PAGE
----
Concerns Over Unified School Class Sizes

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(Memphis) There are many controversies dealing with the new merged school district.

One of those is an old Shelby County policy controlling class size.

It will put the ball in the administration's court when it comes to student numbers, not the board.

“We just simply moved that policy over to rules and regulations so it's just from an administrative standpoint now and has been moved out of the policy stand point,” said School Board Member Kevin Woods.

When it comes to making budget, class sizes are a big part of saving or spending money.

To cut the budget enough for the county to afford the merge, it had to increase class sizes in some areas since MCS schools have a higher student teacher ratio than Shelby County.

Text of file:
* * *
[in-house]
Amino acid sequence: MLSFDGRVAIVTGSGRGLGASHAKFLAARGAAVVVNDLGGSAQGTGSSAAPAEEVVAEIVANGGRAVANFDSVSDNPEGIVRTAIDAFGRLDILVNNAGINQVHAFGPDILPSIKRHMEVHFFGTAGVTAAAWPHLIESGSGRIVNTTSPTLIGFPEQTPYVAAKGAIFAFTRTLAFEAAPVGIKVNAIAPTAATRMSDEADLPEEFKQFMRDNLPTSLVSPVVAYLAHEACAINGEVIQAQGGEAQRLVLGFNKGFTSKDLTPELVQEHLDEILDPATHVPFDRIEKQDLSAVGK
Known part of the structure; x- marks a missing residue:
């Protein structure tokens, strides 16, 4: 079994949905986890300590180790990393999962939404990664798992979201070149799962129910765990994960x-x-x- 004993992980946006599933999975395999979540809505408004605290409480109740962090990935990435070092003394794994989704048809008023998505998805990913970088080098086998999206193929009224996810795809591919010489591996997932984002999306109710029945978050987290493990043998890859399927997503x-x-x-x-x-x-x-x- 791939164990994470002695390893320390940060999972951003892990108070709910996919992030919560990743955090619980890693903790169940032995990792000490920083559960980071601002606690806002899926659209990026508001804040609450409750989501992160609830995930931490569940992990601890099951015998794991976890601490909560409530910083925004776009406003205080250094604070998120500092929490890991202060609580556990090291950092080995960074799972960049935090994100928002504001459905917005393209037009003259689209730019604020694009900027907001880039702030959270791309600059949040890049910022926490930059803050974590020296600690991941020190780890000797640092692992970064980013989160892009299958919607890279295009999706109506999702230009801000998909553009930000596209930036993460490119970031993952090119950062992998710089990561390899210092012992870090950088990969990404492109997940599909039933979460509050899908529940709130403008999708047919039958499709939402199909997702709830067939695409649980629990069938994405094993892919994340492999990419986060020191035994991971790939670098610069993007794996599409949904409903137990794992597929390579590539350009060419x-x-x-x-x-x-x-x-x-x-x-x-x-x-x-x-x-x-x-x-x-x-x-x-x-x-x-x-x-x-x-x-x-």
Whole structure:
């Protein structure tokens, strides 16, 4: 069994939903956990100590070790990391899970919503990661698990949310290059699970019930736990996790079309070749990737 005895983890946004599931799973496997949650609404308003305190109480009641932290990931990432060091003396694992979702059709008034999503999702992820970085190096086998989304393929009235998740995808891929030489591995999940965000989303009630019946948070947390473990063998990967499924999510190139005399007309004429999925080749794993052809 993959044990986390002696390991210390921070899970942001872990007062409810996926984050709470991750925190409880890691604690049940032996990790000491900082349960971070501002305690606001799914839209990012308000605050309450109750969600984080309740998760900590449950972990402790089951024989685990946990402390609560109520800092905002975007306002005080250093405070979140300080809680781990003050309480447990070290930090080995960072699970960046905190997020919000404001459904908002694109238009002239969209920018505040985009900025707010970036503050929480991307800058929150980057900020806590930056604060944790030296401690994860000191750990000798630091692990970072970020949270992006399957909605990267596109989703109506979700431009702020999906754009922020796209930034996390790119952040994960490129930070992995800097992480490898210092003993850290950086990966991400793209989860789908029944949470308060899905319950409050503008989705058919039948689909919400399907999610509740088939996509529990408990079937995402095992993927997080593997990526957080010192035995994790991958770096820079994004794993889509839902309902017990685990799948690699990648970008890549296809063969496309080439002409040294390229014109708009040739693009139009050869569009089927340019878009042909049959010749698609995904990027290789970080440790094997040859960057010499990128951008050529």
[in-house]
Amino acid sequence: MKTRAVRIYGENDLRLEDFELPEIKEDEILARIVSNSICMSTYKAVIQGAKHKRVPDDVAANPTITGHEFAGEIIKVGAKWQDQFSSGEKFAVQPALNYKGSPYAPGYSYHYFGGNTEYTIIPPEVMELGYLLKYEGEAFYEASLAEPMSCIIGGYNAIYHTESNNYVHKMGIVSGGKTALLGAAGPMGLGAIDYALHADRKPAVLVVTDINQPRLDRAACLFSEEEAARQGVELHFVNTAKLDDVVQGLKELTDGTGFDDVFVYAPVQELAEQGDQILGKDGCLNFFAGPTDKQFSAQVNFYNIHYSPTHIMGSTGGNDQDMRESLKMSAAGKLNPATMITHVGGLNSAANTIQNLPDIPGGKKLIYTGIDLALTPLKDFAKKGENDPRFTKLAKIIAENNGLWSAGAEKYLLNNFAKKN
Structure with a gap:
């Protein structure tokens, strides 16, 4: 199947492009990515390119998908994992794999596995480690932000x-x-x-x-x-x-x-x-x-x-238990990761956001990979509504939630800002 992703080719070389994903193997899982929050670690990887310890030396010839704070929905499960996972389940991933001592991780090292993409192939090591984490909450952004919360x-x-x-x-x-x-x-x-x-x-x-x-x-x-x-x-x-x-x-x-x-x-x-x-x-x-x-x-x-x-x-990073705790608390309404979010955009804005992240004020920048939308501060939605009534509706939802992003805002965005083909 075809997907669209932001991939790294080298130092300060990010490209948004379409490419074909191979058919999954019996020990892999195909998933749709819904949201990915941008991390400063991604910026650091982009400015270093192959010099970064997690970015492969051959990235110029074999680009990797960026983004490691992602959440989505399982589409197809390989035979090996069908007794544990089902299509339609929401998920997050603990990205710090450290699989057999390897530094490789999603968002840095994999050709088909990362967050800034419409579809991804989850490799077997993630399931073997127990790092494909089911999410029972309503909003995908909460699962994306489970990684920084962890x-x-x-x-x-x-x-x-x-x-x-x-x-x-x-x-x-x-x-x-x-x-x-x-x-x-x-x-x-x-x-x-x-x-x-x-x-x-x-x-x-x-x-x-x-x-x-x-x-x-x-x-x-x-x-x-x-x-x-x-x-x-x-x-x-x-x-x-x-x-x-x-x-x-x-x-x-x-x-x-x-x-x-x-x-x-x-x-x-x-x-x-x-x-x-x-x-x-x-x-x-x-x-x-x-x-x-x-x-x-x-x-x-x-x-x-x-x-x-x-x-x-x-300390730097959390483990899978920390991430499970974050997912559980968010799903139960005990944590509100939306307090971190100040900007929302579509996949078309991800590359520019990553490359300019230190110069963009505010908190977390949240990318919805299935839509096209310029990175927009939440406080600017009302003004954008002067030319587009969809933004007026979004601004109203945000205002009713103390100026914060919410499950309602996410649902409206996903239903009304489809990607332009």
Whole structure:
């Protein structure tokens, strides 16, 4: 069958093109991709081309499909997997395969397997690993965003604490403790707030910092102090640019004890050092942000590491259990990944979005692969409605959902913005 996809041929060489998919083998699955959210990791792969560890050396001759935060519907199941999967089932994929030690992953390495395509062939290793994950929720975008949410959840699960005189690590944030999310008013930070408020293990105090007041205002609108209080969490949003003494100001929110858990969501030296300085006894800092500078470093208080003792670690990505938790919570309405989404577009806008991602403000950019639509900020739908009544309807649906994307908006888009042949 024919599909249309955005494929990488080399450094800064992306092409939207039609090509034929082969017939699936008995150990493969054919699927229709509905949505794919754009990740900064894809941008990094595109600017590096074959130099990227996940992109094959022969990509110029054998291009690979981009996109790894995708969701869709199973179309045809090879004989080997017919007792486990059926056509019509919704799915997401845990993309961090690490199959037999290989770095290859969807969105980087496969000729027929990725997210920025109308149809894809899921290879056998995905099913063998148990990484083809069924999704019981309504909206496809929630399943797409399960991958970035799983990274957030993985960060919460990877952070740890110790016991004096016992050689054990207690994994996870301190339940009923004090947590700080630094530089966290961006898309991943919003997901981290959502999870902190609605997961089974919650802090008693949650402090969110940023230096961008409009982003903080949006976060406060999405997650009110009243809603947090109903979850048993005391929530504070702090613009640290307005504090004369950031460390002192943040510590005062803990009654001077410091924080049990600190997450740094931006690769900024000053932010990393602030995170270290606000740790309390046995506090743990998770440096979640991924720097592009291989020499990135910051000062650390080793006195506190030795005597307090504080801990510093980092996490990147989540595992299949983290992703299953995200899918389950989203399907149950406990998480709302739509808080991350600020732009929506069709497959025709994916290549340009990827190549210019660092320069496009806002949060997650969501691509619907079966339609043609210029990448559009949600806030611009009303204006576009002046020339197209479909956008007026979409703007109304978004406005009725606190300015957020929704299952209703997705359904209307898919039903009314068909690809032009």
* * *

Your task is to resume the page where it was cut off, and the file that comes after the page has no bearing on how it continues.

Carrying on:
Former Transition Planning Commission Chairperson Barbara Prescott says all classrooms are still well within the state requirements, and larger sizes aren't necessarily a bad thing.

“What the research really shows is that the biggest difference in the student's ability to learn in the classroom, is having an outstanding teacher,” said Prescott.

She says in Shelby County, there will only be a difference of one or two students more than last year, “There's not really much conclusive research that shows that`s going to make a huge difference."

She says most classes are still in the low 20s in most cases.

The board also plans to take up the student dress code policy, and Woods says he expects the Shelby County policy of letting each school’s administration, principals and parents decide.

He says next year everyone’s uniforms and dress code will stay the same, and the new policy won’t begin until 2014.